After the opening of the Coral Marina six to seven years ago, business has taken a precipitous drop in regards to
the small businesses patronized by the cruising community which are located along the waterfront of the Ensenada
harbor. When the author made his first appearance in the harbor in 1987, the boat was met almost a mile outside
by a local enterpriser with various services to offer to include a buoy or a slip, and taxi service ashore.  The last visit
was a stop for the evening in October of 2001 and there was no one offering anything, and some of the businesses
were closed and business was obviously slow for the remainder.  Before the opening of the Coral Marina, the
harbor would be jammed with cruising vessels in and out of season.  The Coral Marina is on par with the best of
marinas in the U.S. but in comparison to the harbor it is somewhat tedious to obtain a slip, the sailor first must tie
up to the fuel dock, gather the vessels documents, go to the office sign in and hand over a load of cash, walk down
to the marina and inspect the assigned slip, walk back and crank up the engine and hopefully get into the slip
without colliding with the boat already in the double slip.  This is a lot of bother if the stay is only one night, if this is
the case, the harbor is located only a mile or so further along and there, simply drop the anchor and leave the next
morning at no cost and no bother. The last time that the author checked in with the Port Captain and Immigration
was in 1997 and the officials were found to be quite officious and overbearing and further the anchorage and other
fees came to almost $50.00 for a four day layover so thereafter, the author was a guest of the harbor. At the time of
the last check in, it was noted the above offices were closed on Saturday and Sunday and as a matter of fact, they
were closed by 3:00 P.M. on Friday.  Therefore, a thoughtful sailor could time his arrival for after 3:00 P.M. on Friday
and stay the entire weekend without the onerous fees and bother. Departure should be prior to 8: A.M. on Monday.
There must be some precaution taken when anchoring in the harbor, the bottom is not only mud, its very soft mud
and when the afternoon wind rises to 18 to 22 knots or so, as it can do, the vessel will drag anchor even when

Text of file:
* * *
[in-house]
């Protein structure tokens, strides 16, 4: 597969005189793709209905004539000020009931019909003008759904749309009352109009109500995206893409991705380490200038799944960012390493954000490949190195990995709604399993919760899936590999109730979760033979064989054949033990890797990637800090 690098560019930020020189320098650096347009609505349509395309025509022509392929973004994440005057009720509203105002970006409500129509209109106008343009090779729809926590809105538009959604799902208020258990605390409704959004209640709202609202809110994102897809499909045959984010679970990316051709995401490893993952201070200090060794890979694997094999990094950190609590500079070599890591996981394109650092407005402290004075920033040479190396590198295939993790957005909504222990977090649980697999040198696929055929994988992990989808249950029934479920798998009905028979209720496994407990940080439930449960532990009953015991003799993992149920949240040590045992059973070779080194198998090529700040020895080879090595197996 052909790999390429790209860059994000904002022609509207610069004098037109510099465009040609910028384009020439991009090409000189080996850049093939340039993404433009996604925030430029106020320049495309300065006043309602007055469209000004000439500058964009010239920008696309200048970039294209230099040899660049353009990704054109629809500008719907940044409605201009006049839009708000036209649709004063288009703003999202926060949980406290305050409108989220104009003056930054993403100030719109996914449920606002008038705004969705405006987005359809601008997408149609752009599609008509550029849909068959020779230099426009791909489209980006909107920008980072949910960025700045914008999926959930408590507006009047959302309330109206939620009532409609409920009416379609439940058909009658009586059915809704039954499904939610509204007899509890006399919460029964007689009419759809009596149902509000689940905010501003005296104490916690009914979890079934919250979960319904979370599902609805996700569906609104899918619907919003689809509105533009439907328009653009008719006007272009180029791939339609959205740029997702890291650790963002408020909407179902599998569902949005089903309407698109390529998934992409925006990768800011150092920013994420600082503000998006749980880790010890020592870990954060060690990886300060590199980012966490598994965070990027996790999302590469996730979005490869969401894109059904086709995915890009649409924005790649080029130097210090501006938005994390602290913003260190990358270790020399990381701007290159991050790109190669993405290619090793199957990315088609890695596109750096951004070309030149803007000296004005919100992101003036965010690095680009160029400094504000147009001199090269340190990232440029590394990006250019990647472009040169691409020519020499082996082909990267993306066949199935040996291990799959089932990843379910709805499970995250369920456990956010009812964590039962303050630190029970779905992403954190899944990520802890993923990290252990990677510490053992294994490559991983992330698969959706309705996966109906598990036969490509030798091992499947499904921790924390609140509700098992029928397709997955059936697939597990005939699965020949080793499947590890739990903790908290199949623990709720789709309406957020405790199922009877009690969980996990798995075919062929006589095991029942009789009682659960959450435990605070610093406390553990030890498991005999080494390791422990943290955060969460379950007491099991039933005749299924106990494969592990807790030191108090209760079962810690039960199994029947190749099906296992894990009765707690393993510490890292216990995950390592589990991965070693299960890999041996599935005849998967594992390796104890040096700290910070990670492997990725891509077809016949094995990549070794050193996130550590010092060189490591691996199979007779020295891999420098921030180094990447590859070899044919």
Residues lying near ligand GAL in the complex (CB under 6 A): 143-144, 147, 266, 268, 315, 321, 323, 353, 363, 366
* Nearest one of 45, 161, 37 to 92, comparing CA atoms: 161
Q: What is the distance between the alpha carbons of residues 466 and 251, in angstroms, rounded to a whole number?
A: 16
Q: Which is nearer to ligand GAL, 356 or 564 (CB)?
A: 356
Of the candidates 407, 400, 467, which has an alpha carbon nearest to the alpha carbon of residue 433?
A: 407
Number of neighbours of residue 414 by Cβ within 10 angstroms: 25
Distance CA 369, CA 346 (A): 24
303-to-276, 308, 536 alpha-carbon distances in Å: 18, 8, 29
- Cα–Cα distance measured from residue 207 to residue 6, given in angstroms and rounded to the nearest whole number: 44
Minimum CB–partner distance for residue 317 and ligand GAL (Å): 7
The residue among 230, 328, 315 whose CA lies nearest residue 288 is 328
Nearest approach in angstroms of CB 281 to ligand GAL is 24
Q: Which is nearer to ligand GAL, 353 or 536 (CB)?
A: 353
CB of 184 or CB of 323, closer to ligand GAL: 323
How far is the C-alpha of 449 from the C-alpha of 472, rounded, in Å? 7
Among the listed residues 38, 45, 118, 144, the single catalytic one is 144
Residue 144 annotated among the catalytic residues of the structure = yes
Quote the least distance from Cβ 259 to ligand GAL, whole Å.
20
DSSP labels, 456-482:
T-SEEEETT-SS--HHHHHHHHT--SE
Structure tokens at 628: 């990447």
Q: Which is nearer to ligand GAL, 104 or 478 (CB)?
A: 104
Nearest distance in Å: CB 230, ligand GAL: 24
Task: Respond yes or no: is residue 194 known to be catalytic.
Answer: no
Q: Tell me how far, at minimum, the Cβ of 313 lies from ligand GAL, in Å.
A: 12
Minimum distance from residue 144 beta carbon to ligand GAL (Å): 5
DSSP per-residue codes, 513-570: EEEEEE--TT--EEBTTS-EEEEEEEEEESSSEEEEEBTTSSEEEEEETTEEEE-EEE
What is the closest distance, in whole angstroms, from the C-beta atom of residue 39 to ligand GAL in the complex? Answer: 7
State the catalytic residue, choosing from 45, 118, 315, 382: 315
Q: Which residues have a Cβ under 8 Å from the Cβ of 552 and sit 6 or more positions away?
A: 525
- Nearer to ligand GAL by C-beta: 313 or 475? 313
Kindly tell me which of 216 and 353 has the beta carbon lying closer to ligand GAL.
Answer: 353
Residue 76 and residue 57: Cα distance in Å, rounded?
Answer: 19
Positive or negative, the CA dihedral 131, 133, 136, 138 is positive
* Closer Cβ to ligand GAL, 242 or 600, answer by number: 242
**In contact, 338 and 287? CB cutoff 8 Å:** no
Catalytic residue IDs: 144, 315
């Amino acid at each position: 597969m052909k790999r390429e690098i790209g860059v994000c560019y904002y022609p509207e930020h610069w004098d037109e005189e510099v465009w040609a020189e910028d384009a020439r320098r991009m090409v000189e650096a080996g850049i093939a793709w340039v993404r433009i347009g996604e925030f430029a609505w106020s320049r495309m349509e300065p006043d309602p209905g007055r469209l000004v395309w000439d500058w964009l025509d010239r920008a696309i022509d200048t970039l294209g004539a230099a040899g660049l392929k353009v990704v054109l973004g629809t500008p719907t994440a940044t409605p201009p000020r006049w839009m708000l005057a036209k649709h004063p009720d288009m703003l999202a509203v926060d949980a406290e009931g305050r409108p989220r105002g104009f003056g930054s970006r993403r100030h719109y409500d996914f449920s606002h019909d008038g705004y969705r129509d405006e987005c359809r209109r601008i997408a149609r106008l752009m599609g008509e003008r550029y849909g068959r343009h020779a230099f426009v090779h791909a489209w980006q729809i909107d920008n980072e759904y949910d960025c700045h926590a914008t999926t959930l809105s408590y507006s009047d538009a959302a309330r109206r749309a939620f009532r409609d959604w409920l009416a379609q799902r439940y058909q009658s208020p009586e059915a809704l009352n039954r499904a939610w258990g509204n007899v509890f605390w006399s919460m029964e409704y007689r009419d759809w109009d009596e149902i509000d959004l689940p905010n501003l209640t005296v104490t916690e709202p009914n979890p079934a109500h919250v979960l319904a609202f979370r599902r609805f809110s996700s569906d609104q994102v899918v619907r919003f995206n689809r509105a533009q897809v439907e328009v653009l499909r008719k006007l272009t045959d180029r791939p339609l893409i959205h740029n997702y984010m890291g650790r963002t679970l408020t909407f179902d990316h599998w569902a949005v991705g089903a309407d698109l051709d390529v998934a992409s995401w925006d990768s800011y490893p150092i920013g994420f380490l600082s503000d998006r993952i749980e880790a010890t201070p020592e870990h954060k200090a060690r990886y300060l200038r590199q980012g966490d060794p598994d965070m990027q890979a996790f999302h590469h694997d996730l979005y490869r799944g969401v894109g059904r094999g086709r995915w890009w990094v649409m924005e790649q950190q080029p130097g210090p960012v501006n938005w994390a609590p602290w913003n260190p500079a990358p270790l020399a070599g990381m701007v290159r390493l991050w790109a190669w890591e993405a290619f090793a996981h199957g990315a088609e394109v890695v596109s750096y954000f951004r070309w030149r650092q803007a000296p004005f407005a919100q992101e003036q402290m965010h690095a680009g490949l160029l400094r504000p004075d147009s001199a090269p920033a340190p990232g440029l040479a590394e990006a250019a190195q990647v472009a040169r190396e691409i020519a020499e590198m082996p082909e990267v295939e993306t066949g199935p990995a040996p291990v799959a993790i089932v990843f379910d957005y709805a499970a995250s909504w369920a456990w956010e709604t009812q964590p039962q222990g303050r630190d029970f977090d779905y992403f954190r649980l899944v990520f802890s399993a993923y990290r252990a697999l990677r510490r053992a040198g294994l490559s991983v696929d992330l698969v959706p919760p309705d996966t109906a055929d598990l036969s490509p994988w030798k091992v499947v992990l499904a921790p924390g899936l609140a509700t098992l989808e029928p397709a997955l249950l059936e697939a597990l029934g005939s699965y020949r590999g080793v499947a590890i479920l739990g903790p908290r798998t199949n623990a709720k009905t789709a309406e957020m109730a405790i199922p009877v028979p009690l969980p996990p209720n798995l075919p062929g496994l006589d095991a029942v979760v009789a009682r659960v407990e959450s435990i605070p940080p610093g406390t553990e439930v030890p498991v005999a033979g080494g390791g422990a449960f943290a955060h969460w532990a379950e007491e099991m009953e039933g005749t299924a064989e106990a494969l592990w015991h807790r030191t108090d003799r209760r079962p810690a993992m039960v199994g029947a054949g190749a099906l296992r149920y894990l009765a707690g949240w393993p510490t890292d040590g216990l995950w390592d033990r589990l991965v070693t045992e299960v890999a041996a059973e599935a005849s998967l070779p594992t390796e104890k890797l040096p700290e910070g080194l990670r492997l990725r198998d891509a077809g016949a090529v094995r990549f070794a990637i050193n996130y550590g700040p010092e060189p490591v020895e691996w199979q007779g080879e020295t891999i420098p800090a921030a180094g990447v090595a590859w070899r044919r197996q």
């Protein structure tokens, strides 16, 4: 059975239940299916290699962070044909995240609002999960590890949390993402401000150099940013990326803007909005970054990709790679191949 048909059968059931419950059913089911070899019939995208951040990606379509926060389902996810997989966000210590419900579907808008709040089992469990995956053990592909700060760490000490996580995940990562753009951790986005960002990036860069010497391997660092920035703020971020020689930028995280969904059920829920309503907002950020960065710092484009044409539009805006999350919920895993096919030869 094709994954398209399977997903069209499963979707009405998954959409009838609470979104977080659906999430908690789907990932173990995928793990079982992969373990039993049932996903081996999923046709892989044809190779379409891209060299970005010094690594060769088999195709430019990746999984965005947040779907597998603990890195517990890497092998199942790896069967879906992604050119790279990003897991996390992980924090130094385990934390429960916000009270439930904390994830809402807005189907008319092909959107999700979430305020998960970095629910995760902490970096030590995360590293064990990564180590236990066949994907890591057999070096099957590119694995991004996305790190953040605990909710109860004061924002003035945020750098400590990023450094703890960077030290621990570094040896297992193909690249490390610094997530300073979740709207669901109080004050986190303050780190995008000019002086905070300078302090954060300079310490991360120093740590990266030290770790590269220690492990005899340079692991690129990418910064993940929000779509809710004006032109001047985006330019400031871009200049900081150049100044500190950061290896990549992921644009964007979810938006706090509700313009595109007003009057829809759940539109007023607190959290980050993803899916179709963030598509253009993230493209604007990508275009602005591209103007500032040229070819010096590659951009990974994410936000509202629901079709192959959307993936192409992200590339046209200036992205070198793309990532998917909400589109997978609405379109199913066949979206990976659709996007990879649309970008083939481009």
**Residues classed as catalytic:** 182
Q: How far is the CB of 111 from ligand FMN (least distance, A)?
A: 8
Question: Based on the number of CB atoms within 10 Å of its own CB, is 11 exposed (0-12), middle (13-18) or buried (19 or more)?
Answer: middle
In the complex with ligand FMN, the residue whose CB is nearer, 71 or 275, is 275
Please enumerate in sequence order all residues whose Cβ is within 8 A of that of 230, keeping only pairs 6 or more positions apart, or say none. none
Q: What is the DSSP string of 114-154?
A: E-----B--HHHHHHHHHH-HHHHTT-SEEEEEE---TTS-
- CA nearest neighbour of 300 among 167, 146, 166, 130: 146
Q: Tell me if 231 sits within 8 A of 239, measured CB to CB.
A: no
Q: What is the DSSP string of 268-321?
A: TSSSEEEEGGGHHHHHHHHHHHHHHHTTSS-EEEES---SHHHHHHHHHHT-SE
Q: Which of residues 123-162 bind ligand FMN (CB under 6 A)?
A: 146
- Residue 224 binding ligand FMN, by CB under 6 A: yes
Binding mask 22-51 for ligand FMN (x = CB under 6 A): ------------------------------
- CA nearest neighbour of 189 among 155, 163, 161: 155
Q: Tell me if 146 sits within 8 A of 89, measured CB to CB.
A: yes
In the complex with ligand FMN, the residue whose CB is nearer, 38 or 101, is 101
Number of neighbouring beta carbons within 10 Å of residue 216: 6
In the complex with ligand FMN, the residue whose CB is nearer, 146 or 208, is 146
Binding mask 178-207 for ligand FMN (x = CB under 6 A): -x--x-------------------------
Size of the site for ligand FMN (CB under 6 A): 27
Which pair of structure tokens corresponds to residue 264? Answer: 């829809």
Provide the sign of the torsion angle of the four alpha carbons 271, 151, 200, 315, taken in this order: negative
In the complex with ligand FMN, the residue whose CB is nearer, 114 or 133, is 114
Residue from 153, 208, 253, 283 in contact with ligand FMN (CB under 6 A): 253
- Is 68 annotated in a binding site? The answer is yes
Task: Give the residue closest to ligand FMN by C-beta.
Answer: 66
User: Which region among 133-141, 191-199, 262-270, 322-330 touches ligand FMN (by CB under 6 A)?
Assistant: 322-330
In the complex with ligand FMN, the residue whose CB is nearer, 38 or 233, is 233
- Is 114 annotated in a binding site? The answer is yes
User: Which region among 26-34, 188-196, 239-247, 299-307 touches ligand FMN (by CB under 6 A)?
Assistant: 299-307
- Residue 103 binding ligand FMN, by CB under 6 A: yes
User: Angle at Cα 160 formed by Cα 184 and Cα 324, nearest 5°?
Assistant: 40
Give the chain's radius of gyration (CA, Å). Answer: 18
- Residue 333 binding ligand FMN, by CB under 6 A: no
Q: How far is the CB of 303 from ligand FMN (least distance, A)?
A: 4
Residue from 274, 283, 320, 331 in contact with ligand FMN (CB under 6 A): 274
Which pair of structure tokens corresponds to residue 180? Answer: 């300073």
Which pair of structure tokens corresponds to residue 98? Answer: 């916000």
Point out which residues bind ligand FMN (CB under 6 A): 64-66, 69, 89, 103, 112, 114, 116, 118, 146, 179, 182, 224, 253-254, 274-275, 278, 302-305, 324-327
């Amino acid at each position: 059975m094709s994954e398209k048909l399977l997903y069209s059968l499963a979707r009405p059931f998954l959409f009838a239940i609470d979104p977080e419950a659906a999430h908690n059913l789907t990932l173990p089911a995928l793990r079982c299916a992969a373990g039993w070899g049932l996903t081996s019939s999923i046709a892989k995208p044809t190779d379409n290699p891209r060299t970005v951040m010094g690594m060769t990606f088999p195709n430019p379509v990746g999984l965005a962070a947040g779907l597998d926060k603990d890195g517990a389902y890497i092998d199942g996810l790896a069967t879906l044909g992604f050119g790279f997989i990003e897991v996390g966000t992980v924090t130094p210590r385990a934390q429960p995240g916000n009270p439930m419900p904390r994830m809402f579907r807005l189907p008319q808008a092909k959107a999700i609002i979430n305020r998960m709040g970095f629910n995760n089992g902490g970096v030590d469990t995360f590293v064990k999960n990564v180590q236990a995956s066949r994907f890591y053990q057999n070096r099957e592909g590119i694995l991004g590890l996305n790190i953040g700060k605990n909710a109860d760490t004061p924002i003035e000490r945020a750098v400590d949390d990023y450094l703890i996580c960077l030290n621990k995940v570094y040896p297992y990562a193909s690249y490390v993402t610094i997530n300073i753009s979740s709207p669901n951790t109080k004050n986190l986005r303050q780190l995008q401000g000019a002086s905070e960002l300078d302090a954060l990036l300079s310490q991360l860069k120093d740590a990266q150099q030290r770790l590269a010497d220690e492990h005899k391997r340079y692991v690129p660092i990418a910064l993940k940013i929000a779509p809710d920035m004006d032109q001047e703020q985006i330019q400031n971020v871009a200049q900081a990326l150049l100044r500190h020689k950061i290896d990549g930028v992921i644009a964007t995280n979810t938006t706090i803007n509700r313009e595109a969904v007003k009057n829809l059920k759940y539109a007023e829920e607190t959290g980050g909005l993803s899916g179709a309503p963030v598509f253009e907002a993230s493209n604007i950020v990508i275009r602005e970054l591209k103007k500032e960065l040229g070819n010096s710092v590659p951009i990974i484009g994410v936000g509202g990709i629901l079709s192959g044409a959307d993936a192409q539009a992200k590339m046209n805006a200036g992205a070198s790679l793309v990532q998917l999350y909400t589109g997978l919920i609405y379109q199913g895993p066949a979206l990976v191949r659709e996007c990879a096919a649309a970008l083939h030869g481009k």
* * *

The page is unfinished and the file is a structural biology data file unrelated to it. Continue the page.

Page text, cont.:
properly set and plenty of scope. The sailing vessels in photo foreground arrived in the night long after the author
arrived, anchorage was somewhat casual and the next morning most of the crew went ashore and that afternoon,
three drug up onto the rocks. Two got off with no apparent damage, one sustained a damaged rudder requiring
additional layover, haul out and repairs at the nearby shipyard. The author well aware of the propensity of the bottom,
had set a Bruce Anchor rather than the normal CQR and stayed aboard, the vessel did not drag anchor.
             Ensenada Harbor
UPDATE: In march of 2008, the northbound writer attempted to anchor in the harbor but was accosted by
the manager of Banditos and advised that the  Port Captain "frowned on anchoring in the harbor", not that it
was illegal but frowned upon.  After negotiating with the manager a nightly fee 0f $10.00 was agreed on
however, only about one half of the boat could be fitted into his slip so arrangements were made with
Cruiseport for a steep fee of $128.00 for two nights. There may be free anchoring for a night if a haul out by
Baja Naval is contemplated however, check with Baja Naval first.

When in the harbor it was noted that in addition to Banditos, there were additional slips under construction
located to the north of Baja Naval  and if can be had for $10.00 per night, they would be a bargain otherwise,
refuel at Coral and proceed to the Todos Santos.
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